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DailyTidings.com
  • Comedic Ore. blogger has new book

  • Allie Brosh had dreams of being a doctor and a professional runner, but instead decided to hole up in her bedroom and write a blog.
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  • Allie Brosh had dreams of being a doctor and a professional runner, but instead decided to hole up in her bedroom and write a blog.
    While that choice would be disastrous for most people, Brosh's blog at hyperboleandahalf.blogspot.com proved to be so funny that it gained millions of readers and eventually landed her a book deal.
    Published by Simon & Schuster, "Hyperbole and a Half: Unfortunate Situations, Flawed Coping Mechanisms, Mayhem, and Other Things That Happened" chronicles Brosh's hyperactive childhood and current attempts to act like a grown-up.
    It's filled with text as well as purposefully crude illustrations she creates with the software program Paintbrush.
    Her writing and drawings perfectly complement each other, adding to the hilarity of the book.
    Brosh, a Bend resident, frankly admits she would like to be a good person, but her personality is filled with flaws.
    She lives in fear that a loved one will need her to donate a kidney.
    "If I was a match, I would probably end up letting go of a kidney, but not before fully exhausting my mental arsenal of escape routes," Brosh writes. These include pretending to have no kidneys, contracting hepatitis or obtaining a decoy kidney from a dead deer.
    Brosh admits to being lazy. In one scenario, she picked up a banana while grocery shopping, decided she didn't want it, but didn't want to walk back to the produce area.
    Only shame stopped her from throwing the banana very hard toward the produce section while yelling, "I'm sorry."
    Brosh confesses that she gets angry over petty annoyances and has unreasonable expectations for how the world should work.
    In one part of the book, she imagines herself as a subject being observed by a scientist.
    The scientist's imaginary journal reads, "An especially upsetting event occurred today: A garbage truck awakened the subject several hours before subject planned to be awake. Subject HATES garbage truck for what it has done. Hates it so much that had to get up and look at it. Stood at window looking at garbage truck and hating it."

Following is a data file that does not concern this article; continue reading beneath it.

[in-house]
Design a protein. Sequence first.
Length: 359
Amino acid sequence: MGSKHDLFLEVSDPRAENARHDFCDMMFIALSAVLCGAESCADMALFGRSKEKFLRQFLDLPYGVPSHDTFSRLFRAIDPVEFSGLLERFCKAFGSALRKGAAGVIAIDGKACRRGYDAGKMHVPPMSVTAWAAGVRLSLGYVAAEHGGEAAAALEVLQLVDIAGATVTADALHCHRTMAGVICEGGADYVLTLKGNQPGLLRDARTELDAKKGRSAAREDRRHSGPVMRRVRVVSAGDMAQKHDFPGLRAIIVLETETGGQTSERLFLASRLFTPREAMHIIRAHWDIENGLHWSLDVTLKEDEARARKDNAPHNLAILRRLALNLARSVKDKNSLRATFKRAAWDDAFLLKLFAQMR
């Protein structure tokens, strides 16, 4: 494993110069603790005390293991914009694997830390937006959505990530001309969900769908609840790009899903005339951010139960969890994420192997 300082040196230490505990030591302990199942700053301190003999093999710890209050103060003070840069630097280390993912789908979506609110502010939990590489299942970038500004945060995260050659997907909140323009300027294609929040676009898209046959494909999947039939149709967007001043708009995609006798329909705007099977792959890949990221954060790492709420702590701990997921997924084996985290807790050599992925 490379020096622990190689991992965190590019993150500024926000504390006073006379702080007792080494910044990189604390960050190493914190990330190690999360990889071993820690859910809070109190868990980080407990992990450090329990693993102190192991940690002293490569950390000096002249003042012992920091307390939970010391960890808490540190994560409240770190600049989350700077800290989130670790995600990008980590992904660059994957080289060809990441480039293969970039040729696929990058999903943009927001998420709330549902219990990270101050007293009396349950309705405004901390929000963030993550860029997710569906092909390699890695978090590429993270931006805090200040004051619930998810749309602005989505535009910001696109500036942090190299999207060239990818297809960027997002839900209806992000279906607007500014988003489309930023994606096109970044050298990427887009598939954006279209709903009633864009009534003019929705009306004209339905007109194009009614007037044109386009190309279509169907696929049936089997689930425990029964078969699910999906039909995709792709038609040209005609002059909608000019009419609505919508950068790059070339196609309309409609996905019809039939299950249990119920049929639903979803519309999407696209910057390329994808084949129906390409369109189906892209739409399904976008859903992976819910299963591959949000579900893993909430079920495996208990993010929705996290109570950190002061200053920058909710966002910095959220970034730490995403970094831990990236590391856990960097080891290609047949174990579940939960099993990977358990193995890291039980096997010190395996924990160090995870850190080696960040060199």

Brosh's blog posts about her dumb dog, known as the simple dog, and her slightly smarter but psychotic second dog, known as the helper dog, have been especially popular. Many tales about the dogs are included in the book.
    The dogs view lawn mowers and moving cars as friends, but have this assessment of balloons: "Horrifying, terrible. Would rather die than see a balloon."
    Given their nature, the dogs were traumatized when Brosh moved from Idaho to Oregon several years ago.
    The helper dog became anxious at the packing stage, but the simple dog was unfazed in the beginning, even when she threw up seven times in the car and repeatedly ate the results.
    "She actually seemed to like throwing up," Brosh wrote. "To the simple dog, throwing up was like some magical power that she never knew she possessed — the ability to create infinite food."
    However, both dogs became overwhelmed with anxiety when the animals had to stay overnight in a motel along the way, encountered snow when they reached Oregon and had to wear sled dog booties to avoid scratching their new home's hardwood floors. The simple dog stood frozen, while the helper dog pretended to lose the use of its legs, except when it would flop toward its food bowl like a dying fish.
    Two sections of the book that describe Brosh's bouts with debilitating depression are poignant and funny. Luckily for fans of her blog and now readers of her book, she was able to seek help and recover.
    If you are searching for a present this holiday season, the tales and drawings in "Hyperbole and a Half" make the book an ideal gift for that person on your list with a sense of humor.
    Disclaimer: The book is sprinkled with swear words and Brosh does call the simple dog mentally retarded, so use your judgment if giving the book as a gift.
    Reach reporter Vickie Aldous at 541-479-8199 or vlaldous@yahoo.com.
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